The NBA recently asked Cleveland Cavaliers guard J.R. Smith to cover up one of his new tattoos ahead of this season or incur a fine, and their request is not sitting very well.
The tattoo, which portrays the popular logo of clothing brand Supreme, covers most of his right calf and is hard to miss:
The NBA collective bargaining agreement forbids players from unilaterally advertising logos during games, including tattooes on their skin. pic.twitter.com/dKbXxZLyf7
— WegENT (@WegrynENT) September 30, 2018
The NBA informed Smith that he would be fined on a game-basis every game he refuses to cover up the brand logo will cost him.
Smith, clearly unhappy about the development, vented to his Instagram followers this weekend.
“So I was informed today that I would be fined every game if I don’t cover up my ‘SUPREME’ tattoo on my leg during games!! These people in the league are something else!” Smith wrote, accompanied by a middle finger emoji.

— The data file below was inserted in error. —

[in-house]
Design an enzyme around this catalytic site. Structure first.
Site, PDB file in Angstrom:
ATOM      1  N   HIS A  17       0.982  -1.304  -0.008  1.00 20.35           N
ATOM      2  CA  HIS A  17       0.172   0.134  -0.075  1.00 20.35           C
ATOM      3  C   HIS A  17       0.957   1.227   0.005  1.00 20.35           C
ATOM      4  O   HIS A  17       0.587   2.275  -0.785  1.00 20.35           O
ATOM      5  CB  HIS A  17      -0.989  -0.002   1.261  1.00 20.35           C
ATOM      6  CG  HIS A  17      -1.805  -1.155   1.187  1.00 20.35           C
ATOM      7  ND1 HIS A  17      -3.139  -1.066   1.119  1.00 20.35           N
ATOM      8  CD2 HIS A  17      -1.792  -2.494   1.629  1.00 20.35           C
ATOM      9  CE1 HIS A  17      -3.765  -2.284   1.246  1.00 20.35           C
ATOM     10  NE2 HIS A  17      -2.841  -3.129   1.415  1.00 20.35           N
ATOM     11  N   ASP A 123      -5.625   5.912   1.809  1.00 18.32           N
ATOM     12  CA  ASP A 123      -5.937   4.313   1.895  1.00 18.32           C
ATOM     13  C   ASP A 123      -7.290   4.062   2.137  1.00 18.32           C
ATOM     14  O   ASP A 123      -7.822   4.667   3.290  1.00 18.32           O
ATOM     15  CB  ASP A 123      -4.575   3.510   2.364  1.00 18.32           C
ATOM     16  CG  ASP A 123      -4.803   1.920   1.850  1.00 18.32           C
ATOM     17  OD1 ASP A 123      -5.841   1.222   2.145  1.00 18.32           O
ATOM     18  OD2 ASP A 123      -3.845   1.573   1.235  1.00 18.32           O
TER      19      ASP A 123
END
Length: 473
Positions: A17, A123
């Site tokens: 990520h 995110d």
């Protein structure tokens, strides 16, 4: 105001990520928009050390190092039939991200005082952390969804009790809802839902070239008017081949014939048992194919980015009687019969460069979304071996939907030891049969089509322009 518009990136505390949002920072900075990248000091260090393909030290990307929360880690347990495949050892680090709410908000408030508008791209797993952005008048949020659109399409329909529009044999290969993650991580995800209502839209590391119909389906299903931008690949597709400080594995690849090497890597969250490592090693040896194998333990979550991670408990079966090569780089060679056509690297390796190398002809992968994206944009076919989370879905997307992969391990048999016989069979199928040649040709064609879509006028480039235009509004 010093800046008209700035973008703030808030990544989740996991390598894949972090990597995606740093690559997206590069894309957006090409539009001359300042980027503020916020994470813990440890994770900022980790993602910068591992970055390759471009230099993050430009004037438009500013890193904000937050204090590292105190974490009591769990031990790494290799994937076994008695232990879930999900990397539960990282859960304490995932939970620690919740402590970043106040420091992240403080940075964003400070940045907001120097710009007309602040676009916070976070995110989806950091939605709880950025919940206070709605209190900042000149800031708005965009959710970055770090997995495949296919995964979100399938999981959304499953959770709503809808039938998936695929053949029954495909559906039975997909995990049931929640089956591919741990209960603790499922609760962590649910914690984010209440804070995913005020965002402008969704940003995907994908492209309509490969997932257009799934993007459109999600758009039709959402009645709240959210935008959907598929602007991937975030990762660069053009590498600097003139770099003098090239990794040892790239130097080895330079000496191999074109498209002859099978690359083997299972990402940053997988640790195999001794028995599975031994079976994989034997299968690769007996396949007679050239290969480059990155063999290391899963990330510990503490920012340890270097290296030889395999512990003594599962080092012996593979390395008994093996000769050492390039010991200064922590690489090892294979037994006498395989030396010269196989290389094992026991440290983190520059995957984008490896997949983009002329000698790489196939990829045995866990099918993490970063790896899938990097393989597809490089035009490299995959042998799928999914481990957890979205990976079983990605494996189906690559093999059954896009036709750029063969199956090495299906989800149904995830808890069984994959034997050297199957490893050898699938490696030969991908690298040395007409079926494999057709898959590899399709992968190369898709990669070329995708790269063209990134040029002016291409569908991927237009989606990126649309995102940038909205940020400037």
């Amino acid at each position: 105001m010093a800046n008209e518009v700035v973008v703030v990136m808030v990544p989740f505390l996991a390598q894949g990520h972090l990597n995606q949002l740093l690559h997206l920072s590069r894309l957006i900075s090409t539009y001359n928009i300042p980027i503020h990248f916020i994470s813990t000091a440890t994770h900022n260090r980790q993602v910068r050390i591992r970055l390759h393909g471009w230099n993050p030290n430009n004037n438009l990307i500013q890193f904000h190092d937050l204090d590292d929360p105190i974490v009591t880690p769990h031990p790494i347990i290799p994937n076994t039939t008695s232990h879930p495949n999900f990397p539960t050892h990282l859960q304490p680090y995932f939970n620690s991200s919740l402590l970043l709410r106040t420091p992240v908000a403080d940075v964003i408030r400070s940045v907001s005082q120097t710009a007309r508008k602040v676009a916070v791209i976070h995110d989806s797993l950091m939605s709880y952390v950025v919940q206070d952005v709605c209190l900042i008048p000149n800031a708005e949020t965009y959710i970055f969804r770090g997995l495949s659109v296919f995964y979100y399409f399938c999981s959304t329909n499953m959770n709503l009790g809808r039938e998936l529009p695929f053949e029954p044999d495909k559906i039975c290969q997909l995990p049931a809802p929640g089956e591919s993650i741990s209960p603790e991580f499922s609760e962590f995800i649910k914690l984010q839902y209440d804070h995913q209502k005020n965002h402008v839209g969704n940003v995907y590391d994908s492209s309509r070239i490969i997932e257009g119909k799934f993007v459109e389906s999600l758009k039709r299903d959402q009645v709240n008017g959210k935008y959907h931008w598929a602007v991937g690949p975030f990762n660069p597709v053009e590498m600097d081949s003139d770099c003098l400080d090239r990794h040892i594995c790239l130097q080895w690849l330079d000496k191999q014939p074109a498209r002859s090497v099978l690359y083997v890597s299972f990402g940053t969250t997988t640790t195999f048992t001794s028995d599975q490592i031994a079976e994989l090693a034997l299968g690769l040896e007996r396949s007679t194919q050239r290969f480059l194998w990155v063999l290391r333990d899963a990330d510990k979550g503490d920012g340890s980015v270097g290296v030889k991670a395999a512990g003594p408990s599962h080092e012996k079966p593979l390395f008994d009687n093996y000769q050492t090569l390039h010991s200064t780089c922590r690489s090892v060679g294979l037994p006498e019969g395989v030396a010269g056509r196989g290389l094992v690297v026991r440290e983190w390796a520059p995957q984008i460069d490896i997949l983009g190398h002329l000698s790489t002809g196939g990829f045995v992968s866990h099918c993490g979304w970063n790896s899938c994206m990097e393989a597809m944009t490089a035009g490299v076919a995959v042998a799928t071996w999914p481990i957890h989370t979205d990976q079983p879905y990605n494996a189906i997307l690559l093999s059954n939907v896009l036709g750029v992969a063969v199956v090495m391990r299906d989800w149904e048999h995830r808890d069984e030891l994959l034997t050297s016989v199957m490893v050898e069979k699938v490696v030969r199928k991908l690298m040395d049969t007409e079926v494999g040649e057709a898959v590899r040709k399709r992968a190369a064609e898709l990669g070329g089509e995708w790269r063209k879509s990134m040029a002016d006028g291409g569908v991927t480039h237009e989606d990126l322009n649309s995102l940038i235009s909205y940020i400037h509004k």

So now they’re trying to fine JR Smith for his Supreme tattoo bruh pic.twitter.com/Qu5QGVE90A
— NBA RETWEET (@RTNBA) September 29, 2018
ESPN analyst Darren Rovell points out that the NBA was well within its rights to make Smith cover his ink up, citing an NBA bylaw that prohibits players from showing any unaffiliated brand during play.
There is no debate that the NBA has the right to tell JR Smith he has to cover up the Supreme tattoo on his skin. Smith, by virtue of being an NBA player, agreed to those terms when the union signed the Collective Bargaining Agreement. pic.twitter.com/CmzWUkHDLa
— Darren Rovell (@darrenrovell) October 1, 2018
This means that Smith’s argument that wearing Nike, Jordan, or any other NBA-affiliated brands is the same thing just becomes null and void.
This probably isn’t the last we’ve heard of this situation. Given J.R. Smith’s history of fighting rules, regulations, and referees, this could drag on well into the season.